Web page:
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Alaska congressmen peeved by plan to relocate Eielson F-16 jets

  • Author: Alex DeMarban
  • Updated: September 27, 2016
  • Published June 1, 2012

Fairbanks residents won't like to hear this, but the U.S. Air Force estimates it will save more than $200 million over five years by moving an F-16 fighter squadron from Fairbanks to Anchorage.

Initial savings would accrue by moving 542 positions with the 18th Aggressor Squadron from Eielson Air Force Base to Joint Base Elmendorf-Richardson (JBER). As part of the move, 81 positions would be reduced. Additional savings would come in other areas, such as eliminating excess facility capacity, the report says.

By fiscal year 2015, much more money will be saved by "eliminating 749 military and 179 civilian manpower authorizations that the analysis determined would no longer be needed at Eielson once the remaining infrastructure and support functions are adjusted after the Aggressor Squadron's relocation," according to a press release on the U.S. Air Force Web site.

The Aggressor Squadron simulates enemy fighters during training exercises. The move is planned for next year.

The Air Force web site said: "Eielson hosts the only wing in the active-duty Air Force that has only a single operational squadron. In addition to expected cost savings, this move would lead to more efficient operations by locating the F-16 Aggressor aircraft with their primary customers, the F-22 Raptors at Elmendorf. The F-16 Aggressors will retain the capability to operate from Eielson during exercises and as otherwise needed."

Sen. Mark Begich slammed the report, saying in a press release it failed to provide the full picture.

"The bottom line is we have yet to see a comprehensive five-year analysis detailing the total budgetary ramifications of the relocation and long-term plan for Eielson," Begich said. "The Air Force needs to be straight with Congress. We cannot make major decisions impacting the budget, military operations, and our military families based on incomplete data and inconsistent information."

Similarly, Rep. Don Young said he fears the numbers don't add up.

"Before finalizing this move," Young said in a press release, "the Air Force must prove to me and to all Alaskans that this move will not require additional and expensive construction, will not adversely affect U.S. national security or readiness, and will not leave Alaskan airmen literally out in the cold as they try to find housing in a saturated Anchorage housing market."

Earlier this week, Air Force Secretary Michael Donley visited Eielson and JBER to talk about the proposed move. He emphasized that the "move does not close Eielson."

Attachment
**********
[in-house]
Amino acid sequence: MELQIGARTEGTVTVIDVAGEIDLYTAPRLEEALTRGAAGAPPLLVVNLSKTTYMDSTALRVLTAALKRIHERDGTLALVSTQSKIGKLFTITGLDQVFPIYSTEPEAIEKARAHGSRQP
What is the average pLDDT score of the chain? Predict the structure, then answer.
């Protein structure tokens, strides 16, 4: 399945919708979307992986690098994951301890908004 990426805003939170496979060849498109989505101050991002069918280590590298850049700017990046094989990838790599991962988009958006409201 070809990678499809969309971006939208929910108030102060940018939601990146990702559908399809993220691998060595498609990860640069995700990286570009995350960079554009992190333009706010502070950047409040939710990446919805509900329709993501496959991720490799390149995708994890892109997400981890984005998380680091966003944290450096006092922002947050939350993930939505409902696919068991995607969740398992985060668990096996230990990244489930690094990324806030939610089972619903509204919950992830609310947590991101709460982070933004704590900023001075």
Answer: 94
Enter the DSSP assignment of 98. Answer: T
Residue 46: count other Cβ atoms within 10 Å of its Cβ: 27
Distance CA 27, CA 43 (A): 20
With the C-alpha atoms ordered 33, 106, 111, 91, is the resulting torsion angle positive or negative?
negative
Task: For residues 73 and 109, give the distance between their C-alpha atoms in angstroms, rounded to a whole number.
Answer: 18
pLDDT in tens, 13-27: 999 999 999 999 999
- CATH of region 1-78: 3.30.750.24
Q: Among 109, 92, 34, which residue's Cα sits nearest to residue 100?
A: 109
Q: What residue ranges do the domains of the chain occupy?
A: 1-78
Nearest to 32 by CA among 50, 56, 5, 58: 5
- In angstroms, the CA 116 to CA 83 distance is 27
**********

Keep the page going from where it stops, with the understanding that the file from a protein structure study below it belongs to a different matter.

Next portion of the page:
Sen. Lisa Murkowski also said she was disappointed in the report -- and saw no way the move could happen on schedule.

"In February, the Air Force didn't think any environmental review was needed," she said in a press release. "Today, they acknowledge a review is needed, but it won't be completed before December 2012 . . . and the Air Force acknowledges the entire plan is contingent on the environmental review. That, too, will cost more money. The Air Force is trying to get this plan in the air but it is nowhere near ready for takeoff.

"I had hoped that today would be a day for questions answered, but today's presentation left many unanswered while raising even more. The Air Force has more work to do."

Murkowski said she's also concerned about how the proposed move will affect the National Guard's 168th Air Refueling Wing at Eielson. She said the wing may move from a 24-hour-a-day operation to 12 hours a day, five days a week.

"Not necessarily bankers' hours, but certainly not the kind of hours that are required for this pretty incredible, intensive refueling wing out there at Eielson," Murkowski said Wednesday at a Senate Appropriations defense subcommittee hearing.

Lt. Gen. Harry "Bud" Wyatt III, director of the Air National Guard, said the decision to change the wing's alert rests with Pacific Air Forces and the North American Aerospace Defense Command, according to the Air Force Times. But Wyatt has "been assured that there will remain sufficient funds and sufficient services to keep the 168th playing the vital role it does."

Contact Alex DeMarban at alex(at)

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